'Never Let Go'

GAINESVILLE, Fla. -- A cross attached to red rosary beads dangle from praying hands clutching a tattered football.

Above Carlos Ousley's favorite of 12 tattoos is the word "Never" in cursive. Below, the words "Let Go" reveal the true message.

"This shows why I didn't quit," said the 6-foot, 186-pound Ousley, raising his left shirt sleeve to show the poignant art on his biceps.

It was Arkansas teammate Steven Harris who told Ousley not to let go of his dream at a time when Ousley was second-guessing everything. His receiving total as a sophomore dropped from his freshman season, making Ousley wonder if he should simply give up.

"That kind of threw me off," Ousley said. "I thought, 'Maybe I'm not what the coaches wanted or maybe I'm in the wrong place.' I wasn't even sure I wanted to go to another school and play at that point.

"I felt like giving it up all together."

He couldn't transfer again. He already left Wake Forest after just one semester because coaches insisted his long dreadlocks be cut before he'd be allowed to play for the Demon Deacons.

"Steven broke it down to me," Ousley said. "He told me to stay positive, be patient and my time will come."

Good thing Ousley listened.

Ousley and Harris are No. 1 and No. 2 on the Hogs' receiving charts heading into today's 11 a.m. game against No. 16 Florida in Ben Hill Griffin Stadium. Harris, a senior, leads with 11 receptions for 232 yards and a pair of touchdowns while Ousley is close behind with 9 catches for 102 yards in his junior season for a team that ranks second in Southeastern Conference passing (253.5 yards per game).

As Arkansas receivers coach James Shibest puts it, they just click.

"They're our oldest guys," said Shibest. "They're getting ready to go on a big road test, so we're just hoping their experience can help a little bit.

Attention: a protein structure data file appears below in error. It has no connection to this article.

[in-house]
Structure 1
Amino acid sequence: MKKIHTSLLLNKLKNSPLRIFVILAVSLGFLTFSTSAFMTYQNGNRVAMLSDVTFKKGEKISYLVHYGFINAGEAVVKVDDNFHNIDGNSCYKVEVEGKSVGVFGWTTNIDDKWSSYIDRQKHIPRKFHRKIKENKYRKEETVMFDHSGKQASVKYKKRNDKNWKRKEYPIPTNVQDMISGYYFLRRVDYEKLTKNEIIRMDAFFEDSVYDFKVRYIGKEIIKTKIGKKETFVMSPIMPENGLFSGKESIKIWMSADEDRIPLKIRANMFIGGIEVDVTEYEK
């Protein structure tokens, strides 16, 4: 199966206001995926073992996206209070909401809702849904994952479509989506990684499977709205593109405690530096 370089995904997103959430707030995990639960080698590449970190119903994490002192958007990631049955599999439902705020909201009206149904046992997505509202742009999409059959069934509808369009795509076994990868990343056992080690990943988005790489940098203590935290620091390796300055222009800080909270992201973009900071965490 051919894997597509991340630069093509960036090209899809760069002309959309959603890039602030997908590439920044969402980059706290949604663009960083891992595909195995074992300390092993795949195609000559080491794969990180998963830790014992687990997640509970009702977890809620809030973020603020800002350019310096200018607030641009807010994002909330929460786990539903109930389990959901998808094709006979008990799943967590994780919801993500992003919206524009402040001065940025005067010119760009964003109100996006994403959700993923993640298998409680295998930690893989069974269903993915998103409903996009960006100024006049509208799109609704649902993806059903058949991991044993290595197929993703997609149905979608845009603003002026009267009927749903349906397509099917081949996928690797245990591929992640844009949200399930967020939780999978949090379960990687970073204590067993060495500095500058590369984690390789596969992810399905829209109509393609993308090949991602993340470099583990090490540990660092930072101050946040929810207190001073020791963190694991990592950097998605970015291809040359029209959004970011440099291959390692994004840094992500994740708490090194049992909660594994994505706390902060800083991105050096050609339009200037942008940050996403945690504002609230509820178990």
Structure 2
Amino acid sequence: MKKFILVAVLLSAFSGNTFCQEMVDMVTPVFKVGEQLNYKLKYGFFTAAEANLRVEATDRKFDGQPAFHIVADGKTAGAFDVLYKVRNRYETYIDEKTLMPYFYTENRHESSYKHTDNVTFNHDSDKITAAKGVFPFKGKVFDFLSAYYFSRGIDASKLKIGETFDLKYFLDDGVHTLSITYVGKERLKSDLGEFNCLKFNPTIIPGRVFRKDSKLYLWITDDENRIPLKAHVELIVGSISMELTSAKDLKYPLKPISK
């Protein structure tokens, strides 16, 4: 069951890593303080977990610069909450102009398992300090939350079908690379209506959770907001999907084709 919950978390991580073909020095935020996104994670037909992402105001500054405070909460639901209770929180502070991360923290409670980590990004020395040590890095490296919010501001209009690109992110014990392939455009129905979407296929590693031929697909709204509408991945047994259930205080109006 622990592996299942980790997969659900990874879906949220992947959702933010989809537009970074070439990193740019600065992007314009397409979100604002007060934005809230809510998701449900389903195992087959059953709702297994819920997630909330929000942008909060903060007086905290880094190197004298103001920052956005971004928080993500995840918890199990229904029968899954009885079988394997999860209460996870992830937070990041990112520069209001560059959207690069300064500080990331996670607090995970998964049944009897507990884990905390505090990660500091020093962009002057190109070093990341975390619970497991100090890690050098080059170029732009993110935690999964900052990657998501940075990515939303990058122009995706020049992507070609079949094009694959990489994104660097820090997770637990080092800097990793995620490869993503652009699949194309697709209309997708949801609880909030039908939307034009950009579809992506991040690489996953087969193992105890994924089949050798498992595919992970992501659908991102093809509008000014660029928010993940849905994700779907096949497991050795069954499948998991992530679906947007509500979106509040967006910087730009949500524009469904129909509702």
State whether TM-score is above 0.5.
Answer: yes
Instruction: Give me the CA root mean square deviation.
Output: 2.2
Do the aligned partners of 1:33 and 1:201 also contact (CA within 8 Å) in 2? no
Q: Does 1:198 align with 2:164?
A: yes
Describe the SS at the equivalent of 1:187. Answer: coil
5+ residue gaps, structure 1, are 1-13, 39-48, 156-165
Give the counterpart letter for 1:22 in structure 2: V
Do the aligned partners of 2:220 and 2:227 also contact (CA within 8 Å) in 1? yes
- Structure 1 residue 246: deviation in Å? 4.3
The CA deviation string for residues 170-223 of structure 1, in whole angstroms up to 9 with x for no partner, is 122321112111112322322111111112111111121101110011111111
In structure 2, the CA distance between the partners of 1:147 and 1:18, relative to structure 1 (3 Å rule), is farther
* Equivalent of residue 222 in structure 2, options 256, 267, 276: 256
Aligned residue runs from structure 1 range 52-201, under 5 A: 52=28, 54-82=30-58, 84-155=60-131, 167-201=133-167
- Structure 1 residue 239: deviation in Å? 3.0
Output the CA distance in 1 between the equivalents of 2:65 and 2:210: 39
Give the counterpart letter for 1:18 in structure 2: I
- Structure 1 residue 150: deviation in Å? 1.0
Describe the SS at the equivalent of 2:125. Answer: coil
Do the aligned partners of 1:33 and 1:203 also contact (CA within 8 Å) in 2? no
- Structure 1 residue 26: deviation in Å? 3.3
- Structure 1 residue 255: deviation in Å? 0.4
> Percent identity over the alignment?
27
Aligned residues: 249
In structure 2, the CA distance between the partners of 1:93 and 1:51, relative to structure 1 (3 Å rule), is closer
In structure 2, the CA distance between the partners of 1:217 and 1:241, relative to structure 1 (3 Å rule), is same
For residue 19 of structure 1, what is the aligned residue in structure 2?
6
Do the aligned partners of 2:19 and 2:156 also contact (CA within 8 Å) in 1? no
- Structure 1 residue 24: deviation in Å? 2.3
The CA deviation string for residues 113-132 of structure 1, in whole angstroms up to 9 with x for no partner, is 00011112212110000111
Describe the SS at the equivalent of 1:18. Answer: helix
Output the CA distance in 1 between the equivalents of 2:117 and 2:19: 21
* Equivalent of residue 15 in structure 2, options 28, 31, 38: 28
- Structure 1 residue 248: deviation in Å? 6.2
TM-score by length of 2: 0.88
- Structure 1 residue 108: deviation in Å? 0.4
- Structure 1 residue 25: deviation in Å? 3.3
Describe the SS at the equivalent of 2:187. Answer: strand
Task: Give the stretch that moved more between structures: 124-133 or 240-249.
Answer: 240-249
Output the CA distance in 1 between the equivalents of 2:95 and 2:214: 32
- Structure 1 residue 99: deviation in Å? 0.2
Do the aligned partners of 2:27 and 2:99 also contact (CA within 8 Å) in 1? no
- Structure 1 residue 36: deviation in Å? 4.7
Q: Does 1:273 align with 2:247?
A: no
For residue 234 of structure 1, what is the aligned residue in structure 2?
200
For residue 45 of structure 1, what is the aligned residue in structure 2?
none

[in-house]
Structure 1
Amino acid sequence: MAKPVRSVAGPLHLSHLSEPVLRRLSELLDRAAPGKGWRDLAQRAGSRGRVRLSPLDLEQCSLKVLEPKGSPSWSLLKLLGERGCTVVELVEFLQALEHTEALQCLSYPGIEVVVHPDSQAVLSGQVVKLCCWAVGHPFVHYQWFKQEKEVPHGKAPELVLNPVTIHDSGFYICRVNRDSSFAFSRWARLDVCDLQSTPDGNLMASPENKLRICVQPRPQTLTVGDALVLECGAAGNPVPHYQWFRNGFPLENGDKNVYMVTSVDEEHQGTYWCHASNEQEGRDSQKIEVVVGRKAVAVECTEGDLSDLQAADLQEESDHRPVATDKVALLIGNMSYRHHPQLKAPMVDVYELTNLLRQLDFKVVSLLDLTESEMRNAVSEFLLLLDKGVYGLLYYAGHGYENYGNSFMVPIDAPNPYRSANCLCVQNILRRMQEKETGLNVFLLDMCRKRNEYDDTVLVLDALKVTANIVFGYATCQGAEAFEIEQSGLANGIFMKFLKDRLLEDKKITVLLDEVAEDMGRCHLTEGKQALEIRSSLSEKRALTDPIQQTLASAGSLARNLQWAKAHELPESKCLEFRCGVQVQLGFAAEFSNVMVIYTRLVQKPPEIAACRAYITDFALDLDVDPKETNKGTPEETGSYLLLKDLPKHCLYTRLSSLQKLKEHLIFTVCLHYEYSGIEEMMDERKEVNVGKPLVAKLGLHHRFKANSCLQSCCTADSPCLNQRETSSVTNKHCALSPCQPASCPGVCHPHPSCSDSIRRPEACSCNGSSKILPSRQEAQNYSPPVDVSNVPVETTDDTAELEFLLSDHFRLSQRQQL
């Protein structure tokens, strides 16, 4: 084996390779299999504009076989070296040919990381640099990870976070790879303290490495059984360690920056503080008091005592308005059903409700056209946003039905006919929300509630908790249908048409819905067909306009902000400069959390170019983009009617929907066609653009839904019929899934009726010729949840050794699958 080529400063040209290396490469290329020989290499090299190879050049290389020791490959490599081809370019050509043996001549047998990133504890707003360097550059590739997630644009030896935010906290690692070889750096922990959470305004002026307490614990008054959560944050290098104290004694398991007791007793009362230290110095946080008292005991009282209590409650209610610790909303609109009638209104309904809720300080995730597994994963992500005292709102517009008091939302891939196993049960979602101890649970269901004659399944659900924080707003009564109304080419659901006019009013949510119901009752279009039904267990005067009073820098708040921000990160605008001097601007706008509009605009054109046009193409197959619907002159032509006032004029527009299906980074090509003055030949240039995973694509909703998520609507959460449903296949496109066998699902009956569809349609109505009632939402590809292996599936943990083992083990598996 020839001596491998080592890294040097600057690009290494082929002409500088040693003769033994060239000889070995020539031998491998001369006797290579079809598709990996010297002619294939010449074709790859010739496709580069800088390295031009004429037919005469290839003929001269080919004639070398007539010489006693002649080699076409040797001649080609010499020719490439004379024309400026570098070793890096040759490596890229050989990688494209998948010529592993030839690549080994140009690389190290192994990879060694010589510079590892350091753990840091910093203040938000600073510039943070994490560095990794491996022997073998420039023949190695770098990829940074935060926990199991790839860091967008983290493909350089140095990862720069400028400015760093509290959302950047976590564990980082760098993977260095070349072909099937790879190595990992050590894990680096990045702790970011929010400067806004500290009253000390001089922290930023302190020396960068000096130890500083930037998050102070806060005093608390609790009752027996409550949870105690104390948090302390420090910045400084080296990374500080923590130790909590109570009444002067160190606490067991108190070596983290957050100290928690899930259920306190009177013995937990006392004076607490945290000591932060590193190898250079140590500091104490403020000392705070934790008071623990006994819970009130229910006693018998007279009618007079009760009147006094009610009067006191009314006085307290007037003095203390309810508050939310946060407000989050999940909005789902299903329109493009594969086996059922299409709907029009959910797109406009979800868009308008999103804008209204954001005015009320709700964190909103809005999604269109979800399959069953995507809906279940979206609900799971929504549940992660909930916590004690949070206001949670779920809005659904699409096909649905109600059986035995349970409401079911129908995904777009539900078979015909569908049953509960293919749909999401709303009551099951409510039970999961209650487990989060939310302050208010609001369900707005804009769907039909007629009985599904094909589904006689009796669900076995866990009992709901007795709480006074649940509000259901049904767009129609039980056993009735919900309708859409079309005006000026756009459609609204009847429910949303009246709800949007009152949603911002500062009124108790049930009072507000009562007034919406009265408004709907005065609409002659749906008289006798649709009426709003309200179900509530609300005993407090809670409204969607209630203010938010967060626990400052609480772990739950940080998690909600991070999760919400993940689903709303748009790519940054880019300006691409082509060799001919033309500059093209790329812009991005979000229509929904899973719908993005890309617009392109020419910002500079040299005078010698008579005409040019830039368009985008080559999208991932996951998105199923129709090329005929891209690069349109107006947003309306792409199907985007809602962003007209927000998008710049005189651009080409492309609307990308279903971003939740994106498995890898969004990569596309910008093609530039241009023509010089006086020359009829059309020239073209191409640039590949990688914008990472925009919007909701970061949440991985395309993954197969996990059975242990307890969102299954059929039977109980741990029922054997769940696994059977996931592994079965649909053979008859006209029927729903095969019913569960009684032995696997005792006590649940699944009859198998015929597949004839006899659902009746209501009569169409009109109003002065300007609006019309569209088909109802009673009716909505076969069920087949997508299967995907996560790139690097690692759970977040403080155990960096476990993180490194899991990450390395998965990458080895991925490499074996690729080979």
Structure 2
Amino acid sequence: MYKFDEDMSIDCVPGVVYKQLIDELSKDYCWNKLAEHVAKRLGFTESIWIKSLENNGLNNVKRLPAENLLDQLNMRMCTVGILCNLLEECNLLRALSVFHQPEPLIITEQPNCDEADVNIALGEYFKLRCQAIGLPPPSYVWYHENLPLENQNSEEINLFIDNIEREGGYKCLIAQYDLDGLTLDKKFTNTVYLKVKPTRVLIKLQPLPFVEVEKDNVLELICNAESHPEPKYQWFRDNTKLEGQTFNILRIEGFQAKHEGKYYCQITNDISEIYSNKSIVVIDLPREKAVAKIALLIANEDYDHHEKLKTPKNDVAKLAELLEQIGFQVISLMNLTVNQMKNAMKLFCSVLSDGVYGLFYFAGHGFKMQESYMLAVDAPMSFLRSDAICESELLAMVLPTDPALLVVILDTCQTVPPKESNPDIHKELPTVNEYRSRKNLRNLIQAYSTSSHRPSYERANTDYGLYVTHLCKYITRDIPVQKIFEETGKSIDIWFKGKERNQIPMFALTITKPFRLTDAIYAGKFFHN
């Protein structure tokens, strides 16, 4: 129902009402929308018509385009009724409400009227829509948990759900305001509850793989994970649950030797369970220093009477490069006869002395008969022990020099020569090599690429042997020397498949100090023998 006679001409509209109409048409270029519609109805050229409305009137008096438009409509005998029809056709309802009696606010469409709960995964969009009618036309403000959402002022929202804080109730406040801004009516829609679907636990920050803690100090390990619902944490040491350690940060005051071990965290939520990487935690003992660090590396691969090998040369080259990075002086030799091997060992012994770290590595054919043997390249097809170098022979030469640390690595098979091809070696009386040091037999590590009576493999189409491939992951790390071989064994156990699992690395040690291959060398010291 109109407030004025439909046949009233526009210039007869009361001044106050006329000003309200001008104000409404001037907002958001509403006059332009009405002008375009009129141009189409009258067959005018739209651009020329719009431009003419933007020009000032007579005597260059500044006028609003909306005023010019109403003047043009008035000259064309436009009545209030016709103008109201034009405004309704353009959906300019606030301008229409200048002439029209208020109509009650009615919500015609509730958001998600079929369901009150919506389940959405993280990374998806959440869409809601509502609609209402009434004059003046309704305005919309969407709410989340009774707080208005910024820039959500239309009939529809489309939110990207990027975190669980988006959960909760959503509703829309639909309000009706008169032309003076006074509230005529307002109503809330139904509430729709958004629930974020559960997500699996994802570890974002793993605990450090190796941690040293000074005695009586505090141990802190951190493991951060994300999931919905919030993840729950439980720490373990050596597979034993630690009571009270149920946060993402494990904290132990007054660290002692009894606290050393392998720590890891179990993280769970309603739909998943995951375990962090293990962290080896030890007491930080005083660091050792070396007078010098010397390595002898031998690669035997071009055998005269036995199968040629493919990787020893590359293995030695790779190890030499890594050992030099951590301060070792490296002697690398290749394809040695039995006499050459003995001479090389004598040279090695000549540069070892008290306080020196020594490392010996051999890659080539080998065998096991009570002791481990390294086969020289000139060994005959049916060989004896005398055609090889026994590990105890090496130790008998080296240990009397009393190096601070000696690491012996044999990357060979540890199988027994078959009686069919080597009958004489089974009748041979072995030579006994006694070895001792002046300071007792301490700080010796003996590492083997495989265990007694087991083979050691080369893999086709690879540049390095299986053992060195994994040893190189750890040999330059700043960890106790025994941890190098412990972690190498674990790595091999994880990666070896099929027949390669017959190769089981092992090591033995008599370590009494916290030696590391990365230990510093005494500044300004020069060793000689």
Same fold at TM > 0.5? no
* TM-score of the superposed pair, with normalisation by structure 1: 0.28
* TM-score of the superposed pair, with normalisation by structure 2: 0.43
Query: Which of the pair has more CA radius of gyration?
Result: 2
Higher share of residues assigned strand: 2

"When you've got guys like that, they make mistakes also, but they're a little bit more reduced so you can do more things with your offense."

It will be the first trip -- and possibly the last unless the Hogs get a bid to a Sunshine State bowl game -- for Ousley and Harris to play in their home state since high school and the duo has grabbed nearly 100 tickets for friends, family members and former coaches to watch them do it.

FINDING THAT LOST 'LOVE'
Being excited about football again is important for Ousley. When he contemplated hanging it up, it was Harris who reminded him just how much he loved the game.

"He came to me and he was pretty down," Harris said. "He was feeling bad about the situation up here and I told him that we were going to have to wait our turn. That's the way it is, but you get opportunities. You just have to make the most of those opportunities.

"I think he's done that and he's waited his turn. So I'm glad he's here and I know he's glad he's here.

"I'm glad he listened to me."

While watching former receivers George Wilson and Richard Smith snare more than 60 percent of the Hogs' passes last season, Ousley's numbers dropped from 3 catches for 80 yards and 2 touchdowns as a redshirt freshman to 2 catches for 20 yards as a junior.

"George and Richard fell into a good situation because we didn't have as many good receivers when they were younger and they just kind of took over," Shibest said. "It happened for (Ousley) when he was a junior, but it happened for those guys a little bit earlier.